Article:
The Great Train Robbery on DVD

Category: Blu-ray's and DVD's

trainrobberyWhen you hear The Great Train Robbery, you probably think of Butch Cassidy and the Sundance Kid, or another group from the Old West. But this has nothing to do with America, the Old West, or cult figures of that time.


From the writer of the hit British series Broadchurch comes this two-part British miniseries The Great Train Robbery, starring Luke Evans and Jim Broadbent. The story is based on actual events and is divided into two sections. The first disc tells the story of the men who planned and executed the amazing robbery of the Royal Mail train in 1963, and the second disc is the story of how the detectives hunted down everyone connected with that crime.


On August 8, 1963 the Royal Mail train was en route from Glasgow to London as usual. But along the way a group of men hijacked the train and stole a great deal of money. The actual amount they took was £ 2,631,784, which in today’s money would be over £ 41 million. That’s not chump change.


There are not really humorous scenes in this story, however the one that comes the closest to giving viewers a chuckle is when the robbers are attempting to learn how to drive a train so they can pull off the heist. Once they get going, they need to stop, but the driver admits, “I can’t remember which one is the break.” Needless to say, after that debacle they added a professional train driver to their crew.
The robbery occurred after extensive planning. Although they were not planning on any violence, they were pretty violent with their victims. And the final sum of their heist was a lot more than they bargained for, to their surprise. Although they were happy with their new wealth, the sum brought the wrath of the country and the detectives down on them. “It wasn’t supposed to be the crime of the bleeding century,” quipped mastermind Bruce Reynolds, played by Luke Evans.


The second disc is the hunt for the criminals, under the supervision of Scotland Yard’s Detective Chief Superintendent Tommy Butler, played by Jim Broadbent. This man refused to do anything but focus on the criminals. It took time, but Butler and his crew managed to hunt down the members of the group responsible for the robbery. He wouldn’t even retire when he was supposed to. He wanted to wait until he got the last one, the mastermind, Bruce Reynolds.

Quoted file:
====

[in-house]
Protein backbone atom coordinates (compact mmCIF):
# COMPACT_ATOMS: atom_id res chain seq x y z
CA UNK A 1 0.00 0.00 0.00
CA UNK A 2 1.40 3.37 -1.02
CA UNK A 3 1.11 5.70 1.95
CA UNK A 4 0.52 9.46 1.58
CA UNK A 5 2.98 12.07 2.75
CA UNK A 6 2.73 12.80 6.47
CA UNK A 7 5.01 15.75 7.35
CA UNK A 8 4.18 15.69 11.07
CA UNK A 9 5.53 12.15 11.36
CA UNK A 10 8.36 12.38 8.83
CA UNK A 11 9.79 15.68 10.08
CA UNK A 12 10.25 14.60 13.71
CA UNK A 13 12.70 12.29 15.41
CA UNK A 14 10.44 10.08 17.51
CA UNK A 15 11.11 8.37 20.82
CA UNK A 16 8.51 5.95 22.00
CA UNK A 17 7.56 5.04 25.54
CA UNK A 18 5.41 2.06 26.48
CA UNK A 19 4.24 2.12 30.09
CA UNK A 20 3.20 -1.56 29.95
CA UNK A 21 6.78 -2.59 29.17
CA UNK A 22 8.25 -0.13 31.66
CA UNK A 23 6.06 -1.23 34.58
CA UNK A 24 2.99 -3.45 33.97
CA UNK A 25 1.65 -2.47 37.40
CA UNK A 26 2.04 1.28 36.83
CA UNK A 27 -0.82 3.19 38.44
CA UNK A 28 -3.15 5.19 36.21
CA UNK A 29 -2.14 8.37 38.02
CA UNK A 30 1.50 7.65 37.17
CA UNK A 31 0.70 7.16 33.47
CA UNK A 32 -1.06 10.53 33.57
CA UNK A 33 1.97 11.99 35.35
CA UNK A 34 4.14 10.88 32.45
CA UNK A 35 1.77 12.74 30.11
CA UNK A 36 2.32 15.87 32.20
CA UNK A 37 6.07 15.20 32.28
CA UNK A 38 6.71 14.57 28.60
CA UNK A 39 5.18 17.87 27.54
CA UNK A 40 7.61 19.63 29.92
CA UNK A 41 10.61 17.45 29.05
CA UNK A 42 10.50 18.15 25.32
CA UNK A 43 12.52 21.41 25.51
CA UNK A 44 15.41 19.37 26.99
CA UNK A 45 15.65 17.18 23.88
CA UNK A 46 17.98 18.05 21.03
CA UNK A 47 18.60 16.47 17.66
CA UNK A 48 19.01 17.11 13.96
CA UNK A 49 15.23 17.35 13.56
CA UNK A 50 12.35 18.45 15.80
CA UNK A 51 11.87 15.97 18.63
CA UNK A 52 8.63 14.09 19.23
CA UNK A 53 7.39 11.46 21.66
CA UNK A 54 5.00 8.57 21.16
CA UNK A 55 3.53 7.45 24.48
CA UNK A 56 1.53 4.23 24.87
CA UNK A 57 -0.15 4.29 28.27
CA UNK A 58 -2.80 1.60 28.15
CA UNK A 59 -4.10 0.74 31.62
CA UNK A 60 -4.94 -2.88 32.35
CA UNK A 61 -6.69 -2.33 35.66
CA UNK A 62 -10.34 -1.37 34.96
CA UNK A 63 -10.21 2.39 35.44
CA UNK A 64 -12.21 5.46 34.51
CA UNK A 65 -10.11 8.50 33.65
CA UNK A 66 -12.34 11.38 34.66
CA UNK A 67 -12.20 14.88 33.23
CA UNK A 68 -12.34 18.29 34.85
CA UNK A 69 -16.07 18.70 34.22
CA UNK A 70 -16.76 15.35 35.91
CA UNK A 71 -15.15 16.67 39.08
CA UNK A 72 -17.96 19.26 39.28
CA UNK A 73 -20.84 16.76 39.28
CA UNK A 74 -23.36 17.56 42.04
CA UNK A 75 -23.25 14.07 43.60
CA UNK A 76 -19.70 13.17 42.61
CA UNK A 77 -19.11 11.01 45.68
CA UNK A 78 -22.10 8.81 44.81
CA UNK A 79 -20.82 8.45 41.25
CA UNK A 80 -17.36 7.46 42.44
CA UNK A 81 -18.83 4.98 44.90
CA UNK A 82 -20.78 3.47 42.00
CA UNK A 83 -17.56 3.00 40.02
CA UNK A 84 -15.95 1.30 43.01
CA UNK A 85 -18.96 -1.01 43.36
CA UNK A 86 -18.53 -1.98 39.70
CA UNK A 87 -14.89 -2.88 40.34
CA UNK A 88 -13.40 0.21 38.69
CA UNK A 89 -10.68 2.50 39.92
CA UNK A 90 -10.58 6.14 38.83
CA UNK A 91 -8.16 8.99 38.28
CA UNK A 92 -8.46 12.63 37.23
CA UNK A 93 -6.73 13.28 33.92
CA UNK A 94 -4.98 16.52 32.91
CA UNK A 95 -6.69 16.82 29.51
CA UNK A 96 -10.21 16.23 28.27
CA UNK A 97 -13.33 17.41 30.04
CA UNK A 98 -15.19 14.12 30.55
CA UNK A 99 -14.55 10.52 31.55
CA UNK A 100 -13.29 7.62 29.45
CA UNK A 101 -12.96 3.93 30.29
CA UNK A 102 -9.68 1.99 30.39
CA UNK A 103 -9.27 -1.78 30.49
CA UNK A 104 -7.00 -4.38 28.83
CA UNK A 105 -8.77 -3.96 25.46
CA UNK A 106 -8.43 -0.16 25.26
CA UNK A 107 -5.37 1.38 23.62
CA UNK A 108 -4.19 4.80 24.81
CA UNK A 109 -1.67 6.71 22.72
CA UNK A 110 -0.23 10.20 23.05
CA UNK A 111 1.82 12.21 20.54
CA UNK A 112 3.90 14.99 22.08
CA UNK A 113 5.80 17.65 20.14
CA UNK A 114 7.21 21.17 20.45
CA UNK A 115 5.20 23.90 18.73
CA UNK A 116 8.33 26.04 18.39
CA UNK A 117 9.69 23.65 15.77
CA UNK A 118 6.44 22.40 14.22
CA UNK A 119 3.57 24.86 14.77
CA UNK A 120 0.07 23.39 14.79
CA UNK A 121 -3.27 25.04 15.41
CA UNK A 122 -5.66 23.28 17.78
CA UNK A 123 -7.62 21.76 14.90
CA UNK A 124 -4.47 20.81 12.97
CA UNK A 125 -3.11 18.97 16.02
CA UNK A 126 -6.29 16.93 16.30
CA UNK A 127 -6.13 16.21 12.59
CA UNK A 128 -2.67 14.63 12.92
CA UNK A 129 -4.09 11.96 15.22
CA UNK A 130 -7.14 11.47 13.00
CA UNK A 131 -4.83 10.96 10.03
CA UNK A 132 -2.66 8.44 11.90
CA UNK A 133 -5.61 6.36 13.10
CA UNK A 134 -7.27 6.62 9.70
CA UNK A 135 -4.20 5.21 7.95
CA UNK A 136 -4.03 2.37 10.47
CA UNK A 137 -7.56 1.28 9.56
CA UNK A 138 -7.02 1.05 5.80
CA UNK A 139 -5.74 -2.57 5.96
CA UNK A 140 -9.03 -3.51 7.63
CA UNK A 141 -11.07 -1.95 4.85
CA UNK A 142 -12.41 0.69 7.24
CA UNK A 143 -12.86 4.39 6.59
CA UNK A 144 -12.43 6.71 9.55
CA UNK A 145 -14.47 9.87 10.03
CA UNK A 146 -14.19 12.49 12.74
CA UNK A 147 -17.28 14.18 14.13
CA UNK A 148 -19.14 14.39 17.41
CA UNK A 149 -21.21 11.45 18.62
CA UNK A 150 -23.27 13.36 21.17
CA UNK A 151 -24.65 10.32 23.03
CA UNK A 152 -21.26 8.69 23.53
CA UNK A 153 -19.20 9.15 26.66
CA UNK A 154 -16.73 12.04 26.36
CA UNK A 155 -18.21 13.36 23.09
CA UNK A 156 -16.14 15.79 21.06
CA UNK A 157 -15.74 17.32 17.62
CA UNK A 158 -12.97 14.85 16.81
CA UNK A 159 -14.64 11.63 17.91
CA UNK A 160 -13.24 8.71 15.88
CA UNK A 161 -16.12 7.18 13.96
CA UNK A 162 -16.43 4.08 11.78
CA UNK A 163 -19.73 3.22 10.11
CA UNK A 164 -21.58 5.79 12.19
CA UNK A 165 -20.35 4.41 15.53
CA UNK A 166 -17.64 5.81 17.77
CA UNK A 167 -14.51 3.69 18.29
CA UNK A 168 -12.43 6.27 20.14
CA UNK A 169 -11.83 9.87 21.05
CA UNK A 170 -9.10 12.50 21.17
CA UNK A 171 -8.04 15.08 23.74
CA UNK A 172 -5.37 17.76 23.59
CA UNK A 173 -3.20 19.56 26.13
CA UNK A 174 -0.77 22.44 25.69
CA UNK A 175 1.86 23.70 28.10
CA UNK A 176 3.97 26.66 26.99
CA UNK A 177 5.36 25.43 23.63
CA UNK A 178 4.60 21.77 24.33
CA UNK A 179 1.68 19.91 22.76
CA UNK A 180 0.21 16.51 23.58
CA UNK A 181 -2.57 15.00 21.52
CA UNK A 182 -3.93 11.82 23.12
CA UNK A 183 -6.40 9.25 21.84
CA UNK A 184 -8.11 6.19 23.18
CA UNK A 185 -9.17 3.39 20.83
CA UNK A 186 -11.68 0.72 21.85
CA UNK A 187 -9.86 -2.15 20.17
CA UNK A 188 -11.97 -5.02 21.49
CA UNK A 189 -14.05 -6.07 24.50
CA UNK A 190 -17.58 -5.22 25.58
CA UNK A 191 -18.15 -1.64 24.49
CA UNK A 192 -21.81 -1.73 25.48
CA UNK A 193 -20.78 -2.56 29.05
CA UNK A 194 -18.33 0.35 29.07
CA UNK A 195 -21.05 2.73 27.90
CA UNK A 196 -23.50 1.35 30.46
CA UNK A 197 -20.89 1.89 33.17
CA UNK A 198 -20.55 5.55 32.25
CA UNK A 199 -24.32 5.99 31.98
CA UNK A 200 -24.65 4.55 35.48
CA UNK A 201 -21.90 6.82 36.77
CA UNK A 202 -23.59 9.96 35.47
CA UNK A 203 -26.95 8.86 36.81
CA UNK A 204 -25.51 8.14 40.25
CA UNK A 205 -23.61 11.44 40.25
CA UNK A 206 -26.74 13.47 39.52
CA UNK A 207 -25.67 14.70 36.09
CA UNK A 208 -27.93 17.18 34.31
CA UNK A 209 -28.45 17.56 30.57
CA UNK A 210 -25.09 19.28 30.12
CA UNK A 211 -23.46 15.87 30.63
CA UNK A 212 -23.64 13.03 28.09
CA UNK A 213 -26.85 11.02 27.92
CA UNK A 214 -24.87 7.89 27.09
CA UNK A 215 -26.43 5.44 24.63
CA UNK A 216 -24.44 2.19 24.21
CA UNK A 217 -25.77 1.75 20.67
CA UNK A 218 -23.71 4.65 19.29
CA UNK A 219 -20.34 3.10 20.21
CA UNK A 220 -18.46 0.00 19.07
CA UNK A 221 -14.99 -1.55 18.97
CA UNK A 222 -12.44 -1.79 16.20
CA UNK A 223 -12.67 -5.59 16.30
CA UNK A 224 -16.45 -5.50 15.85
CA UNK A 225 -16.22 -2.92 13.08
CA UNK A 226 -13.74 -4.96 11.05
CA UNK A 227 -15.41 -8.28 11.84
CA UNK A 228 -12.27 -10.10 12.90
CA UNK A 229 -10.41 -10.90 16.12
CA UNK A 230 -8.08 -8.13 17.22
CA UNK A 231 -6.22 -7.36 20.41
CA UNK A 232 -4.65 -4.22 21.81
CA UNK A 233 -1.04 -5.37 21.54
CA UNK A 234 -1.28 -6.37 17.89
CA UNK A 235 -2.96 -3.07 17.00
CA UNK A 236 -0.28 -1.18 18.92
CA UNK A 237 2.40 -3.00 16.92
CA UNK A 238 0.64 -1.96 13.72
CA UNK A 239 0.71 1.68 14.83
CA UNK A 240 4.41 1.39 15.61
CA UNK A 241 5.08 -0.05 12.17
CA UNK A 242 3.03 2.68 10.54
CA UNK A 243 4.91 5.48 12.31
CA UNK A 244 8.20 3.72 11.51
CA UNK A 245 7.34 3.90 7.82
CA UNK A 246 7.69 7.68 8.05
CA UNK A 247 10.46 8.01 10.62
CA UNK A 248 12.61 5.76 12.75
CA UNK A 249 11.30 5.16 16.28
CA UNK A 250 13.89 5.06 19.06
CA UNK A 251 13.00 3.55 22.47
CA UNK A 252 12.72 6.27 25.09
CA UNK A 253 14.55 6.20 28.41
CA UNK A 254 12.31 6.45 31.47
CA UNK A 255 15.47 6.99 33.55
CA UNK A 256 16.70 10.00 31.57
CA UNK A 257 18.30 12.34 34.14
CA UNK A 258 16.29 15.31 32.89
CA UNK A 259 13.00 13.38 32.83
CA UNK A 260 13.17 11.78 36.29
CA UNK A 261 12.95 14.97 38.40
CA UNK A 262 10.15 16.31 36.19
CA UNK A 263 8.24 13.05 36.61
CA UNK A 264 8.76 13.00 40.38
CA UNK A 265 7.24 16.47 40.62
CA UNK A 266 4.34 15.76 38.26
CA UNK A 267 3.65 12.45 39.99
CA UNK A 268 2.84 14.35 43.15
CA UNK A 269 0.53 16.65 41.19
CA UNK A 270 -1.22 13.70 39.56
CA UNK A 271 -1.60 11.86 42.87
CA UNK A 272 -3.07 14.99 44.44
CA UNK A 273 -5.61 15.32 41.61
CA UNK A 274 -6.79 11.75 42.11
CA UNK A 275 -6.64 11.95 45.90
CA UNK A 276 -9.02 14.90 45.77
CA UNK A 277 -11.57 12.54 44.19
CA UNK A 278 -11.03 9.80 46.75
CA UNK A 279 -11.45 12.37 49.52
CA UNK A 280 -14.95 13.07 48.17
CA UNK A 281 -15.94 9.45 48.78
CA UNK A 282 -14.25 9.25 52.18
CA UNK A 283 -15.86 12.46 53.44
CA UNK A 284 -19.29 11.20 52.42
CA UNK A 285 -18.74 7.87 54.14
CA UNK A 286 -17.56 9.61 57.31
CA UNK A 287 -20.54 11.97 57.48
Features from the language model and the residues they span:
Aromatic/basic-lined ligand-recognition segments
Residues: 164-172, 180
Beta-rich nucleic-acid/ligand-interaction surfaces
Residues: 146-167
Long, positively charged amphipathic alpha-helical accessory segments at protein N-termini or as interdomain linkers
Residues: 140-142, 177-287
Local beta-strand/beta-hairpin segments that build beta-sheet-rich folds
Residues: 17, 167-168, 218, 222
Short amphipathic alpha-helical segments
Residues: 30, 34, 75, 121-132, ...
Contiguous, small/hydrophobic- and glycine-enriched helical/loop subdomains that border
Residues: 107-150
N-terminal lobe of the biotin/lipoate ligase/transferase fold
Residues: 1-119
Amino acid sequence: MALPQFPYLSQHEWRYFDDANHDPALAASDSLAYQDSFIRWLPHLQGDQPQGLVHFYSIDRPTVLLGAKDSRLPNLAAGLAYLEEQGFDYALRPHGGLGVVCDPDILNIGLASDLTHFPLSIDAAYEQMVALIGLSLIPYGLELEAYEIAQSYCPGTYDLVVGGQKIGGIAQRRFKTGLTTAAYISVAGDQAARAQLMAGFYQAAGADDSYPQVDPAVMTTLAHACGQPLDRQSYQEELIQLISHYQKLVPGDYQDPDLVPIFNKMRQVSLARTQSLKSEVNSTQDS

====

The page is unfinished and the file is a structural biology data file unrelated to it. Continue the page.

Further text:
Butler and his investigators were relentless and brilliant. It took five years to complete the task, but they managed to get the robbers and solve the crime. This real-life story is amazing to watch unfold on the screen.


Bonus features on the discs include many interviews with those involved in the film. “I really enjoyed the research,” Evans acknowledged. Having many newsreels of the real Reynolds to study, the actor knew how to portray him when it came to filming the story.
And Jim Broadbent admitted he enjoyed the format of the film, which is “simple in structure.” Yes, this is a simple story, and yes it can be slow moving at times, but given the fact that it really happened makes this an intriguing drama. It’s an interesting part of British history.


The Great Train Robbery’s two discs (“A Robber’s Tale” and “A Copper’s Tale”) are now available on DVD. The film is not rated.



About the Author

Francine Brokaw has been covering all aspects of the entertainment business for 20 years. She also writes about technology and has been a travel writer for the past 12 years. She has been published in national and international newspapers and magazines as well as internet websites. She has written her own book, Beyond the Red Carpet The World of Entertainment Journalists, from Sourced Media Books.

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